* Instruction on international standards pertaining to policing, especially Internal Rules with respect to the use of excessive force and firearms, must be incorporated into GPF Training Programmes.

* International procedures of the GPF with respect to the discharge of firearms should be enforced.

* Conditions for obtaining a firearm licence should be more stringent."

After describing the deaths over the period year by year, and referring to its own reports and press releases and the annual reports of the US State Department on Human Rights, the GHRA offered some further analysis, two sections of which are of particular relevance:

Race-Based Analysis of Police Shootings

Racial profiling implies that certain assumptions and motives of a racial nature are the main cause of disproportionate numbers of persons from one racial grouping suffering a particular consequence. In determining whether the figures presented above represent racial profiling by the GPF against Afro-Guyanese with respect to shootings and Indo-Guyanese in terms of death in custody, several considerations must be taken into account.

Firstly, distribution of fatal shootings occurred almost equally (53% and 47%) over the two party political administrations covered in the Report, rendering difficult the conclusion that EJEs were used as a political tool, by one administration more than another, (if indeed they were so used by either), or as a racial strategy by either. Secondly, the predominantly Afro-Guyanese composition of the GPF makes racial bias within the Force difficult to sustain with respect to the shootings. Thirdly, since crime is predominantly an urban phenomenon worldwide, it is not surprising that, in Guyana, the majority of persons involved in criminality, and for this reason in conflict with the police, will be of urban and therefore, of Afro-origin. That Guyana is no exception in this respect is, in fact, borne out by a study on criminality in Georgetown which states that "Africans comprised 78.2% of the offenders, East Indians 11.6% and others 10.2%. These percentages are consistent with those for police shootings over the period under review. In view of these statistics, if the charge of racial profiling is pursued against the GPF, similar conclusions would also have to be drawn with respect to the Judiciary since prison populations going back many years reveal a similar racial disparity. For the above reasons, a firm conclusion cannot be drawn that the figures presented in this Report represent racial profiling.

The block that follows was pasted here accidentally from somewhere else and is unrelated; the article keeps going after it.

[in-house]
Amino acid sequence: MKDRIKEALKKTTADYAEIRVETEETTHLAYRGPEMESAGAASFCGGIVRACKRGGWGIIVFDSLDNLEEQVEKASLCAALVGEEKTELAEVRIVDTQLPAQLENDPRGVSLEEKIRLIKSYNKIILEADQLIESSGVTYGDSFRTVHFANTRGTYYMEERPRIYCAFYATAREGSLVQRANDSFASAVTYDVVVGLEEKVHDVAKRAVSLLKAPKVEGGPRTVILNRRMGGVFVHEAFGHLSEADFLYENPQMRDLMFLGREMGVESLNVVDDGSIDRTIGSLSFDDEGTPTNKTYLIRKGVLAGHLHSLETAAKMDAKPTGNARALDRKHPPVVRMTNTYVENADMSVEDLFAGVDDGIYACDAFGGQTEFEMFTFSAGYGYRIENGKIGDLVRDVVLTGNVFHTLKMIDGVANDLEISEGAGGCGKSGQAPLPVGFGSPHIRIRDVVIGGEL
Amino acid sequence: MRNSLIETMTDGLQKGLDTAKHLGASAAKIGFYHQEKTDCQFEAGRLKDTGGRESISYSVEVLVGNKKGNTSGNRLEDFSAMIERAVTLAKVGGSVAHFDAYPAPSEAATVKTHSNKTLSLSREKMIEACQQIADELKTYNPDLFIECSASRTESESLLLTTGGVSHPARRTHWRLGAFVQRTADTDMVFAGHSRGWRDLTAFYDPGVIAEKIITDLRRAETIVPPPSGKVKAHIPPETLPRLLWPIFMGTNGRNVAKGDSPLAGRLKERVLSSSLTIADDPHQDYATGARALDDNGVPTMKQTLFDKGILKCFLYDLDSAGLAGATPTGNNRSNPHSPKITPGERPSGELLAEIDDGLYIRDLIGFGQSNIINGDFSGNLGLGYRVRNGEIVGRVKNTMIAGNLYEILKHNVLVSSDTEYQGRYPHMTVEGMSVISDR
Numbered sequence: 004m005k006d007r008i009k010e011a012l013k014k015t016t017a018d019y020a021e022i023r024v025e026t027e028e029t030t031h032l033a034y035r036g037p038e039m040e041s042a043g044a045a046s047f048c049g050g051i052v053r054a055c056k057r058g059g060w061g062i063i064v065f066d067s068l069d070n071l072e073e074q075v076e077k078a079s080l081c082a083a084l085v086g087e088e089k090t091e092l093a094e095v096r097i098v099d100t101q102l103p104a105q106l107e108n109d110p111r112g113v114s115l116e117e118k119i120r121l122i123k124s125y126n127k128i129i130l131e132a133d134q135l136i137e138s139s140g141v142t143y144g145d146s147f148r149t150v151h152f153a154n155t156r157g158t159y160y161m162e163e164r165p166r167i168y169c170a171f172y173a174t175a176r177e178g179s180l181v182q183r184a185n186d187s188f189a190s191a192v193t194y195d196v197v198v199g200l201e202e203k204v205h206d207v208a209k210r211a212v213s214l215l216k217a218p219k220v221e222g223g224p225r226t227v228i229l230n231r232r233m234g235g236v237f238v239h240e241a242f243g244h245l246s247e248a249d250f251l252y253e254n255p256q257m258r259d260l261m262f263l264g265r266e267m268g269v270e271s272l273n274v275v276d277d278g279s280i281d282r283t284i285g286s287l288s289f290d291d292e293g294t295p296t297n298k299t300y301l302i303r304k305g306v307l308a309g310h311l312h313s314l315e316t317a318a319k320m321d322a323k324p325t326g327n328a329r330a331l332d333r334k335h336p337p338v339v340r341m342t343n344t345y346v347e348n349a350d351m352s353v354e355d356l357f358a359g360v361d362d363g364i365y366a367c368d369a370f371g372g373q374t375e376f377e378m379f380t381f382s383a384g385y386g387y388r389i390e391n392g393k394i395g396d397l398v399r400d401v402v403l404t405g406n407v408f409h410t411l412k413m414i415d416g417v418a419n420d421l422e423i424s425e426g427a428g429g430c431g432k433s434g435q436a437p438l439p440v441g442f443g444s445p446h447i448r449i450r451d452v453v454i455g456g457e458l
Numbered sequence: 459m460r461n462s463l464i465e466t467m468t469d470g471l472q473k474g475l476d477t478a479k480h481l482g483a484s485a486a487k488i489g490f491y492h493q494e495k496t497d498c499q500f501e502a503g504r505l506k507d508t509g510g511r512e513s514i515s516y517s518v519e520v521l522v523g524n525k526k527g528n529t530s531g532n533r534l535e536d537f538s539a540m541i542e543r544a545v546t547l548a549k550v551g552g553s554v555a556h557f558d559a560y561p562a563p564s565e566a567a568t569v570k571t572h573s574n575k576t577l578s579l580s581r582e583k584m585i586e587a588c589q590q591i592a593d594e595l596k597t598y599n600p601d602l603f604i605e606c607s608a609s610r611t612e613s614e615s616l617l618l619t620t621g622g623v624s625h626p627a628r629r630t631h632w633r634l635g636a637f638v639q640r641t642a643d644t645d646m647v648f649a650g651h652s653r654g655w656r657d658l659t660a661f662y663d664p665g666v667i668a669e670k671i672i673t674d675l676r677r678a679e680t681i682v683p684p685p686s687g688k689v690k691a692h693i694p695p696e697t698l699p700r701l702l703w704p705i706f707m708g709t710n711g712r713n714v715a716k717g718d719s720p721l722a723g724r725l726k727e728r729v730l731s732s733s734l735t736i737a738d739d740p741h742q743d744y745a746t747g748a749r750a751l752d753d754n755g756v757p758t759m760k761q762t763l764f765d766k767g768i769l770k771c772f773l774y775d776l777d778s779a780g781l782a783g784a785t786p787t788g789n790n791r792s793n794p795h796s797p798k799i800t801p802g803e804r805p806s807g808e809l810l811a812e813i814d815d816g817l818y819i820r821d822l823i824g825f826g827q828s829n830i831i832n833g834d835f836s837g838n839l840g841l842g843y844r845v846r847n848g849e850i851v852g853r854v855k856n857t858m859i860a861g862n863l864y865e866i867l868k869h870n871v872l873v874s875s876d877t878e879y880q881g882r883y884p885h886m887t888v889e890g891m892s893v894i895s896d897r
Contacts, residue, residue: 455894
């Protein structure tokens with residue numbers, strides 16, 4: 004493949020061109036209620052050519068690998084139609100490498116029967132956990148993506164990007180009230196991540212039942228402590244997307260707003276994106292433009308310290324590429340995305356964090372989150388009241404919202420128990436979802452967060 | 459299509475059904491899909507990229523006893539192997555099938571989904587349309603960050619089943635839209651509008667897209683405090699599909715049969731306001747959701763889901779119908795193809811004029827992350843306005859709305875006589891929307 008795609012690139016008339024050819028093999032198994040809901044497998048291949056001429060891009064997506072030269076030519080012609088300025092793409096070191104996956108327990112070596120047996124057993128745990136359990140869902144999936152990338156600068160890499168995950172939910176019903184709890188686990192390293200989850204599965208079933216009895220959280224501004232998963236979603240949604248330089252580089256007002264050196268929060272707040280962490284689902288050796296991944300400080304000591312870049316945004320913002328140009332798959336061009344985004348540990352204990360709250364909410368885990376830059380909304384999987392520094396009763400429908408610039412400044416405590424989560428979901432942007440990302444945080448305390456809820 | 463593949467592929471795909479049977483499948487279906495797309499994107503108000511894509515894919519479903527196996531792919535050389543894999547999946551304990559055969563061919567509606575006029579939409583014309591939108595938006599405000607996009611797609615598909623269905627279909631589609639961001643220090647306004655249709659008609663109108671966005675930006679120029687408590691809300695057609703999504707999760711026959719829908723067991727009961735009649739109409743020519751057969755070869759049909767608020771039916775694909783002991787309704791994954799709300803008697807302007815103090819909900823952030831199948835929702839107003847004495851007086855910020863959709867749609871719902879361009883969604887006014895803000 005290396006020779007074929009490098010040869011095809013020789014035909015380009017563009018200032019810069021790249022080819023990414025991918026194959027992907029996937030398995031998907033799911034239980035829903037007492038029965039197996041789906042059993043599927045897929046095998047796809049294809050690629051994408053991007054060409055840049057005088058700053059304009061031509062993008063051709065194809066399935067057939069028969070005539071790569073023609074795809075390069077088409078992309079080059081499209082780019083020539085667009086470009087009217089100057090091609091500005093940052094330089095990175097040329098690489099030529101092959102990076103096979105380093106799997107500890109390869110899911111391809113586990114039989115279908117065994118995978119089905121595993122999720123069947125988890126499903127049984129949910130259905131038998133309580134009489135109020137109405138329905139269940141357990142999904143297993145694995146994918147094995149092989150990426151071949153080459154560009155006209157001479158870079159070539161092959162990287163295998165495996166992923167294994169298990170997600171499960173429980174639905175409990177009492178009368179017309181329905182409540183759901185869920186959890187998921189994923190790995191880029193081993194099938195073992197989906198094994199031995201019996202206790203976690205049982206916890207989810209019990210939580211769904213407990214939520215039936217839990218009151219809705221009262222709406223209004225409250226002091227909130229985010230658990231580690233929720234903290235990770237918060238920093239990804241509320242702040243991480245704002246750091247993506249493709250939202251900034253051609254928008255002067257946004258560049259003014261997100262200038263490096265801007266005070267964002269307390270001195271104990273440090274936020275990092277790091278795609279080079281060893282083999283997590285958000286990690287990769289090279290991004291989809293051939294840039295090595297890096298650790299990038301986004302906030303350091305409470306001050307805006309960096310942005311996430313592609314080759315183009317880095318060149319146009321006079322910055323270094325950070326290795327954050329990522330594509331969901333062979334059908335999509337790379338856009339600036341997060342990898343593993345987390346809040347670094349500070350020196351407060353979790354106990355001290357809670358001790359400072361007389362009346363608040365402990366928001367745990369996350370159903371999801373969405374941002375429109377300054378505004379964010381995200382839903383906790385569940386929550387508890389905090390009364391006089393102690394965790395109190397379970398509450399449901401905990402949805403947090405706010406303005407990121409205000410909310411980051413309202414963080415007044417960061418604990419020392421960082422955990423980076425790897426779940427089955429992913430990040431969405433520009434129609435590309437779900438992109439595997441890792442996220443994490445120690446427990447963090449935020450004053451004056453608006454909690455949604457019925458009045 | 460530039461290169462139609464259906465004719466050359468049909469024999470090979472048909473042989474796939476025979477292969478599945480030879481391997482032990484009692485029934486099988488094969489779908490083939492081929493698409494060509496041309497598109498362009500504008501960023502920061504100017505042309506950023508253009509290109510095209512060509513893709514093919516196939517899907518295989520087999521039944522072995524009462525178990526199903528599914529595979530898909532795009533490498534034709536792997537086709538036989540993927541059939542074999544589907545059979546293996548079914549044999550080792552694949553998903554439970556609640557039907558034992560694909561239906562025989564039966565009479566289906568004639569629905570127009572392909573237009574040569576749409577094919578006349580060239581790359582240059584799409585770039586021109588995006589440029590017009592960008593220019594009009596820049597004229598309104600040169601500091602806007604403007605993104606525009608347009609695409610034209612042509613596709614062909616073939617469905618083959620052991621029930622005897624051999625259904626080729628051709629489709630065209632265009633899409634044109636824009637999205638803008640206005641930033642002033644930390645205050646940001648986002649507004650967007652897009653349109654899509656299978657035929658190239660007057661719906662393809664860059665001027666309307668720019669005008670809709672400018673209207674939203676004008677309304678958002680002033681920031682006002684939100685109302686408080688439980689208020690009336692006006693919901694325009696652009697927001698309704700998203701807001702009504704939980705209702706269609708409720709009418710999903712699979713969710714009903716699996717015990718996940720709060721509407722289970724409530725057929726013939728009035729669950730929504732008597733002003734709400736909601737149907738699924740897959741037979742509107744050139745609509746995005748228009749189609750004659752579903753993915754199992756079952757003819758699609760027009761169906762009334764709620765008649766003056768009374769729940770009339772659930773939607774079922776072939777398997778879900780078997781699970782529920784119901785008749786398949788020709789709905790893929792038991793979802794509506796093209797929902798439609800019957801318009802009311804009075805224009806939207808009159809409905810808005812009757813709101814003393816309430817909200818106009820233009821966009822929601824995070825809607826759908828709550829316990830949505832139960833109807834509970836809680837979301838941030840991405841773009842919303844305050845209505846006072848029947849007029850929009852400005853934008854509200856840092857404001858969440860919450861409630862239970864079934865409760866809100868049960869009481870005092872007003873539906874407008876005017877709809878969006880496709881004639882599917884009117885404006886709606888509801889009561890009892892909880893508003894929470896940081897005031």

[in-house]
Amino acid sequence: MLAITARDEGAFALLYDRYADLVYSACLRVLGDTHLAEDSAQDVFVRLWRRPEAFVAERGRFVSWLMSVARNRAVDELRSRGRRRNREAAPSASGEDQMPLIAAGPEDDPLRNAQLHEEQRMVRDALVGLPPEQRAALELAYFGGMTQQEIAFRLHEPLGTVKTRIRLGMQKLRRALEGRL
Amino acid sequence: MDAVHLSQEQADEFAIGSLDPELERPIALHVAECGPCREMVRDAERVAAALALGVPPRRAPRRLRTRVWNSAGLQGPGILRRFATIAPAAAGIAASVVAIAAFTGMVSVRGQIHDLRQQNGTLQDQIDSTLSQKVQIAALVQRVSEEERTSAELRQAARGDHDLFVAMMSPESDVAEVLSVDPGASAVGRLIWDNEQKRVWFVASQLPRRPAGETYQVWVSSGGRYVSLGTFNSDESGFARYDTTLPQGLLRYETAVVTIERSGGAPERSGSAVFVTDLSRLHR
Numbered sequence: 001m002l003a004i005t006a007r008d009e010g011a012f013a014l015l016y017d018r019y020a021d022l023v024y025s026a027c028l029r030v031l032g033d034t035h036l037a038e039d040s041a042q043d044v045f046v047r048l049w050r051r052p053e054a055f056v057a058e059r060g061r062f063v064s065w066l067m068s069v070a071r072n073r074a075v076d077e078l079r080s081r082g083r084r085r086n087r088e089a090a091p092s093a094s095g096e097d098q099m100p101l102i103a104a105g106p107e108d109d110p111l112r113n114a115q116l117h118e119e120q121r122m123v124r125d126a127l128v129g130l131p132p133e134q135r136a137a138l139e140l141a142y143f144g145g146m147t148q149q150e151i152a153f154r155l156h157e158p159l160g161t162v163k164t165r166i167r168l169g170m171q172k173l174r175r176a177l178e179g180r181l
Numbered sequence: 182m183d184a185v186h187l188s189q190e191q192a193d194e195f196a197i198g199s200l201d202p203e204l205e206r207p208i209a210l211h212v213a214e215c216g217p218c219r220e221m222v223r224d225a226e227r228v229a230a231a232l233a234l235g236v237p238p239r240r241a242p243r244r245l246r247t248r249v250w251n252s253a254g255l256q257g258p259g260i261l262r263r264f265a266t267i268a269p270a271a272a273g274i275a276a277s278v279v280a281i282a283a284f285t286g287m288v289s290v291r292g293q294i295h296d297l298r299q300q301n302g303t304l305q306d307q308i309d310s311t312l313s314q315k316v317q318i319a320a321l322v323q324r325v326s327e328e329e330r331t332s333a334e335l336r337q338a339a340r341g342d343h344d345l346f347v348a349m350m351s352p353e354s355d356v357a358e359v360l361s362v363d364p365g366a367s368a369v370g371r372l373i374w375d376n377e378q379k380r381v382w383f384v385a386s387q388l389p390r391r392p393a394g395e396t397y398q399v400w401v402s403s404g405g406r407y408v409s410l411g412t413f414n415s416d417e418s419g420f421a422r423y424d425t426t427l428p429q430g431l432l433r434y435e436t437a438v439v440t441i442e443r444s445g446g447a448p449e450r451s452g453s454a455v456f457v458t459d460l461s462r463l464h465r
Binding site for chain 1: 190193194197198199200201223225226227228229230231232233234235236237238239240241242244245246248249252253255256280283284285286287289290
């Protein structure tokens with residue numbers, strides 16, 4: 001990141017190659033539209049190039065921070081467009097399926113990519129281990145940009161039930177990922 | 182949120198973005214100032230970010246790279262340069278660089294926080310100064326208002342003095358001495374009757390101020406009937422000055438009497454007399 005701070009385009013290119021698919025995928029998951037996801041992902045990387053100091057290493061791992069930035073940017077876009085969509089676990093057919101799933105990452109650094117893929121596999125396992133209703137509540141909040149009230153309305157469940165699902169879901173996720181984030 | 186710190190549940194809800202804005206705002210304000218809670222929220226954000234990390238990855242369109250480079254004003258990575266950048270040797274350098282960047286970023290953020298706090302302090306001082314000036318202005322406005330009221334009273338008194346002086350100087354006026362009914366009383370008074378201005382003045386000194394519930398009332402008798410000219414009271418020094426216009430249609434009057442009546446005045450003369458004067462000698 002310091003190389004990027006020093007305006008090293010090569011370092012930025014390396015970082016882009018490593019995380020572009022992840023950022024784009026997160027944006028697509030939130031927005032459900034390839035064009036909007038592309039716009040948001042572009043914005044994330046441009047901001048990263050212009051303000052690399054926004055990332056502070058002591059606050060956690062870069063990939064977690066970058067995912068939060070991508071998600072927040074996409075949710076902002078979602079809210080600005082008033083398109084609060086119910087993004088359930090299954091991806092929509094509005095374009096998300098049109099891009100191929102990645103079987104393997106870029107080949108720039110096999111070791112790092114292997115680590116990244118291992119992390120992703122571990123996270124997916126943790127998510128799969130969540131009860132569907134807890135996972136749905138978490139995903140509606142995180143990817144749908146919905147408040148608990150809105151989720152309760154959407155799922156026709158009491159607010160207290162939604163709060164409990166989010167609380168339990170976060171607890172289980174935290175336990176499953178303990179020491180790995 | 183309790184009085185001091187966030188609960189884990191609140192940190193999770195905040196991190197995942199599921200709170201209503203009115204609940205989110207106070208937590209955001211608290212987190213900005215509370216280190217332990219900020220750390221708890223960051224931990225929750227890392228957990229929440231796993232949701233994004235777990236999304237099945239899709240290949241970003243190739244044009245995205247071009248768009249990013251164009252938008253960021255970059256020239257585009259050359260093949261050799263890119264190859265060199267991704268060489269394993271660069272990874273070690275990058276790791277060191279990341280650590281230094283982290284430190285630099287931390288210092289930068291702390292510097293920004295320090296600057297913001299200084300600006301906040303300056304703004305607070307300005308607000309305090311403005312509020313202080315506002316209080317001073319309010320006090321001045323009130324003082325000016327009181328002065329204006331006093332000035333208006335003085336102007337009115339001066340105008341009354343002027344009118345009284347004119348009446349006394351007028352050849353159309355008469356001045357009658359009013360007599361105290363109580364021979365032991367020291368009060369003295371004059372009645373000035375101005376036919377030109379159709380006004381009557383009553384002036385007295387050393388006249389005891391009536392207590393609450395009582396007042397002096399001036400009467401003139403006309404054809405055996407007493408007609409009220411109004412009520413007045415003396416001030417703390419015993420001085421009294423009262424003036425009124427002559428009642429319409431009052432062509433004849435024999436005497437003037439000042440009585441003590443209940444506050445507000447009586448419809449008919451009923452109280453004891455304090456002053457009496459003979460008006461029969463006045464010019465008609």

However, having said this, two features of fatal shootings need more analysis before the charge of racial profiling of Afro-Guyanese is dismissed completely. Firstly, unless the majority of crime in rural areas is also committed by Afro-Guyanese, the number of Afro-Guyanese deaths in rural areas needs explaining. Secondly, the majority of innocent persons shot by the police, to whom criminality explanations do not apply, are also of Afro-origin.